The Crimson (4-6, 0-0 Ivy) jumped out to an early lead it never surrendered, besting the Blackbirds 78-60 in a rare road win.
Long Island (4-4, 1-0 Northeast) was consistently flummoxed by a tenacious Harvard defense that showed an uncustomary front which forced long shots and turnovers.
“I think the big thing that helped us was the zone defense,” Crimson coach Frank Sullivan said. “We haven't played that much zone in any game this season, but it just looked to be an effective way of approaching this game. I think the zone really jump-started us in a lot of ways.”
Harvard held the Blackbirds—a perimeter-oriented squad that usually starts three guards—to a meager 41.8 percent shooting from the floor and just 3-of-17 from behind the arc. On top of that, Long Island committed 22 turnovers, including a season-high 16 Crimson steals.
The Blackbirds’ leading scorer James Williams led all players with 16 points, but struggled at times, shooting 1-of-7 from long range.
While the new defensive strategy and another solid night on the backboards for the Ivy League’s leading rebounding team gave Harvard much of the possession, it fell to the offense to convert.
“Any time you're on the road, you're always worried, ‘are you going to score points?’” Sullivan said. “Offensively we got into a good rhythm.”
That pattern allowed the Crimson to build an early advantage, extending the margin to 24-12 after an 8-0 first-half run, and it went into the locker room with a comfortable 37-27 lead.
"We shot very well in the first half,” senior guard David Giovacchini said “We were focused on getting some passes deep and making the defense shift and that allowed us to get some easier and more open shots."
Harvard’s shooters knocked down the open looks, making a neat half of its scoring opportunities in the first half. The offensive attack on the night was balanced, as the Crimson had four players reach double figures, including Giovacchini, who added a season-high nine assists, five rebounds and four steals in an impressive all-around performance.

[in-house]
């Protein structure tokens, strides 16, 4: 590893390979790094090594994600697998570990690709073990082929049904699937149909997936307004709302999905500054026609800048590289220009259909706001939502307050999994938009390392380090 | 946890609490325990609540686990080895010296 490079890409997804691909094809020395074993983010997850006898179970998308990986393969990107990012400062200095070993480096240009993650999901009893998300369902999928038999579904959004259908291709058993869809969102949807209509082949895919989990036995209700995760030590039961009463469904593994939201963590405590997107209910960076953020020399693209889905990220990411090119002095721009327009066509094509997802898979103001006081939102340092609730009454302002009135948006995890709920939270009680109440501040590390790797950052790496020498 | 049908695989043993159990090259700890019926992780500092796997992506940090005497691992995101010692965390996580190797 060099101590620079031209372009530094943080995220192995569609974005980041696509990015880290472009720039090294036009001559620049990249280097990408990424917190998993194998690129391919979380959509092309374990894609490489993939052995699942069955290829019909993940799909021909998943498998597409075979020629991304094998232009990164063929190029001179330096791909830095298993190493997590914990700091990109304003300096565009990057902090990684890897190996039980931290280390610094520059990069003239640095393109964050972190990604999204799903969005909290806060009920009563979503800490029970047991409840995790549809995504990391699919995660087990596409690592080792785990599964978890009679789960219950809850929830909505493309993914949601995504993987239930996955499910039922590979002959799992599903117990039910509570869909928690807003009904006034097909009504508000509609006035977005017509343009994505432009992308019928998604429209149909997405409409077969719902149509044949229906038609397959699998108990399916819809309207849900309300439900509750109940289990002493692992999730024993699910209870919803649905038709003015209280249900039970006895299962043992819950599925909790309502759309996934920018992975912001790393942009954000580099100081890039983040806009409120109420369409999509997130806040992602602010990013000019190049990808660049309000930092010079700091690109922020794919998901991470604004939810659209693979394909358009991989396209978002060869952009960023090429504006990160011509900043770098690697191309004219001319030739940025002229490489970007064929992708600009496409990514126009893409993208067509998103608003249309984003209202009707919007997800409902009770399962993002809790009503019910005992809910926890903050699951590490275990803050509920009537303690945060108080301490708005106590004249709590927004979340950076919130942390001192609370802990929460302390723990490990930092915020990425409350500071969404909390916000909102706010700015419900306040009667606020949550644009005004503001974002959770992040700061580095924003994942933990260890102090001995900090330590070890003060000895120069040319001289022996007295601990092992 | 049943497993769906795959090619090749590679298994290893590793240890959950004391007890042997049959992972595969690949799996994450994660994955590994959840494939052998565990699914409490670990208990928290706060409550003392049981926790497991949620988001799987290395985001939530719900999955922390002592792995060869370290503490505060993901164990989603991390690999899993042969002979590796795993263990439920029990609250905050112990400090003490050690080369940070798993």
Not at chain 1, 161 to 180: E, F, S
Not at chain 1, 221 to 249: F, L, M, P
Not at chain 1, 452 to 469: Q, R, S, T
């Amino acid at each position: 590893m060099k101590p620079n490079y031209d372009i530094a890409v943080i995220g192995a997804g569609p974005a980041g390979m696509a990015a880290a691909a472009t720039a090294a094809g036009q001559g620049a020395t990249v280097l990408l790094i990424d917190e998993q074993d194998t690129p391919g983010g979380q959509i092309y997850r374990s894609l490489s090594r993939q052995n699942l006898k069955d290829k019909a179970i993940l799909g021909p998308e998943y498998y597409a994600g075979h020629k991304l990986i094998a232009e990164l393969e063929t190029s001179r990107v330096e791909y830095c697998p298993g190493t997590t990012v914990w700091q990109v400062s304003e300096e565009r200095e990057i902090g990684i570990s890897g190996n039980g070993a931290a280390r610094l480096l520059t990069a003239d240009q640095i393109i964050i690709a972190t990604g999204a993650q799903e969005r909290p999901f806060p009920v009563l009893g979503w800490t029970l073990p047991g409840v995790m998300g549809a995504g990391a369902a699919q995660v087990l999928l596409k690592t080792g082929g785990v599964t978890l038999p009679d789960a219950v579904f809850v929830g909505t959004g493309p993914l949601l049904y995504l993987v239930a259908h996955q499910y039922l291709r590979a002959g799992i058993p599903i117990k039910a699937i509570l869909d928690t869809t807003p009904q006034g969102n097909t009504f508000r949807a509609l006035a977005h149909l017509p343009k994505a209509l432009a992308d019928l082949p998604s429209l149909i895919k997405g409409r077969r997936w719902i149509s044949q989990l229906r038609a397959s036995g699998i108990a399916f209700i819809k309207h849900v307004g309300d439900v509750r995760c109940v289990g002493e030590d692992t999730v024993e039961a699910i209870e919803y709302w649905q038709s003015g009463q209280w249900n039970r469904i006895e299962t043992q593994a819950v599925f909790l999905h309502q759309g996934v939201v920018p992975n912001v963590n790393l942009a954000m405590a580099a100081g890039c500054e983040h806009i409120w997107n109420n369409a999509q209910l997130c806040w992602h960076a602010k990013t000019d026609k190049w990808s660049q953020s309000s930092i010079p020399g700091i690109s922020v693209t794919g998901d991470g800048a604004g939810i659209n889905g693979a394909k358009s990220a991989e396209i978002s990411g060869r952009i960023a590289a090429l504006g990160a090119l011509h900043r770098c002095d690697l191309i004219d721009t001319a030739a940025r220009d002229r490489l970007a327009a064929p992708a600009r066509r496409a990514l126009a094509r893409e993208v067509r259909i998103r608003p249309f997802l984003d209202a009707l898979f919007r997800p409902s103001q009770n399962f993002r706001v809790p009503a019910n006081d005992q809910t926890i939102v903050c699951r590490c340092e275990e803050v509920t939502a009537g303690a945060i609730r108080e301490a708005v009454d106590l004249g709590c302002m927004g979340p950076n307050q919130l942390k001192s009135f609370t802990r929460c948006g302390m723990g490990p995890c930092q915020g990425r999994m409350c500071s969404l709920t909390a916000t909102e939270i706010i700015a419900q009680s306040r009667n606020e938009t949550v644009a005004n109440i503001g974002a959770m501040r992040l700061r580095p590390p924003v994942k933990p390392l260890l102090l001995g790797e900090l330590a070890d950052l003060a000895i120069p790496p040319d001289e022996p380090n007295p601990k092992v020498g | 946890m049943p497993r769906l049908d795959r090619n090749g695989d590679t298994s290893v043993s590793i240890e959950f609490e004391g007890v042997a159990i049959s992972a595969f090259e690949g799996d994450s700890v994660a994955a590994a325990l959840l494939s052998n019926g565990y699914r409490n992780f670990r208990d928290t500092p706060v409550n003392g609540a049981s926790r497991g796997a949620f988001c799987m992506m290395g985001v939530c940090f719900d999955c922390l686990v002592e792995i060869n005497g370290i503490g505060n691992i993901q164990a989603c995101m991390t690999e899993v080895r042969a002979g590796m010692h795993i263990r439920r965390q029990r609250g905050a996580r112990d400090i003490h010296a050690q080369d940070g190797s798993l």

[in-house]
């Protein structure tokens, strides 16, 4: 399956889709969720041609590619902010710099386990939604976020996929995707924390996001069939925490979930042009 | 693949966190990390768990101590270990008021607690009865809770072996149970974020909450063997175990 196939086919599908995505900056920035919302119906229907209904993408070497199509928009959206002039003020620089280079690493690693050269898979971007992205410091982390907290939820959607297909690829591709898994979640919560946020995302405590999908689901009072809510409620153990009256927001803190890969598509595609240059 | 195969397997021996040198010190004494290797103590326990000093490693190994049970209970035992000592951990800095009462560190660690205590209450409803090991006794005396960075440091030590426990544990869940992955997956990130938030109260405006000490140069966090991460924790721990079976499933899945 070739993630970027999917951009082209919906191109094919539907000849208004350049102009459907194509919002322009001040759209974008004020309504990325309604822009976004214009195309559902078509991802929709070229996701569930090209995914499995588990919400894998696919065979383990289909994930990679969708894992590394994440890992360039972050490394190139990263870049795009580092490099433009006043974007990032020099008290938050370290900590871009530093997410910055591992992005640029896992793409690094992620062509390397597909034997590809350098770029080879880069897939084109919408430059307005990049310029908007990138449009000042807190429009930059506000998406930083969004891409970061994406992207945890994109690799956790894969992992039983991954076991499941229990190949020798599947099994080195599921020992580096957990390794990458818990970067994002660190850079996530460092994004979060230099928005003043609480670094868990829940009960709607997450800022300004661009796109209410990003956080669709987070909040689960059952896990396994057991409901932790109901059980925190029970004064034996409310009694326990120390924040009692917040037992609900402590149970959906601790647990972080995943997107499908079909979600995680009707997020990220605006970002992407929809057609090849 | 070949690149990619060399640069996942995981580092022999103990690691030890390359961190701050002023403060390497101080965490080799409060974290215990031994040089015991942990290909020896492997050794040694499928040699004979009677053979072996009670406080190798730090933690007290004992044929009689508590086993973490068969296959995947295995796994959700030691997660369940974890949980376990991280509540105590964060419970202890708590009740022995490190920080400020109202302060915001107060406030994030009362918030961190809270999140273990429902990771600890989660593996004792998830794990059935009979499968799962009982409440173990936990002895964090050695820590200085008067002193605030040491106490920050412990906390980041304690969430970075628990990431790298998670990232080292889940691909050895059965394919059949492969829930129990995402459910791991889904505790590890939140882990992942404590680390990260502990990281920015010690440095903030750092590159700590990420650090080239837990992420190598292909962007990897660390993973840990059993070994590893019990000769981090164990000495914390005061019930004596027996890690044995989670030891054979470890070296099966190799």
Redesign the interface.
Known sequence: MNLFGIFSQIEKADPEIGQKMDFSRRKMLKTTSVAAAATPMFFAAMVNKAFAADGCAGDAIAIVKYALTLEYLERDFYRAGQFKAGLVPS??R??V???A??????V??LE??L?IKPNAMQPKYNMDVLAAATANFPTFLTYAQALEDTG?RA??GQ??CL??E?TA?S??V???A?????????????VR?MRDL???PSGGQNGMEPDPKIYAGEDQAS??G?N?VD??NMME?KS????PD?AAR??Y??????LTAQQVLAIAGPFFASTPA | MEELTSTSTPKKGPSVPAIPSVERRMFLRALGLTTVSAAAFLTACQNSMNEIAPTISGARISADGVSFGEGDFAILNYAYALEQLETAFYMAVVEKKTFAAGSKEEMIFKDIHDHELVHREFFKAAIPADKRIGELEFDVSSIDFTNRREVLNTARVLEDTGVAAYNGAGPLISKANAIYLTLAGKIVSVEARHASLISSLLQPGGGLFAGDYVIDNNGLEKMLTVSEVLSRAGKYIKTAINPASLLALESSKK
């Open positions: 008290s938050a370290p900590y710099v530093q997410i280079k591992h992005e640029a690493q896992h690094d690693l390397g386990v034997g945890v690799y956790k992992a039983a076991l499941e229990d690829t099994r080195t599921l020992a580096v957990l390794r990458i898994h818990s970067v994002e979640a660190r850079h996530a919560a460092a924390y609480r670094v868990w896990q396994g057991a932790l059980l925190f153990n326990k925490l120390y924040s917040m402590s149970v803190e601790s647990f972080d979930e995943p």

Junior forward Matt Stehle and captain Jason Norman tied for the team-best with 13 apiece. Norman scored all of his points in the second half, as Harvard pulled away with several spurts, extending its lead to as much as 24 at one point en route to the victory.
But perhaps the most pivotal contribution came from backup center Graham Beatty, who was filling in for the injured Brian Cusworth. Beatty provided 12 points—10 of those coming in the first half—and six rebounds along with a physical presence on the block that the Blackbirds couldn’t match.
“The bench really rose to the occasion,” Sullivan said. “Graham had a terrific first half and I think that really got us going.”
The Crimson’s backup outscored Long Island’s 23-14, with eight of those points coming from reserve forward Zach Martin, another player seeing increased minutes in Cusworth’s absence.
“They've done a really good job rebounding, playing hard and just providing energy which is most important to the team,” Giovacchini said of the bench.
The win is Harvard’s second in a row, and the third in its last four contests.
“Now we have two games in a row and we're building a little bit of momentum,” Giovacchini said. “[The win] is going to be a major building block for us.”
—Staff writer Jonathan J. Lehman can be reached at firstname.lastname@example.org.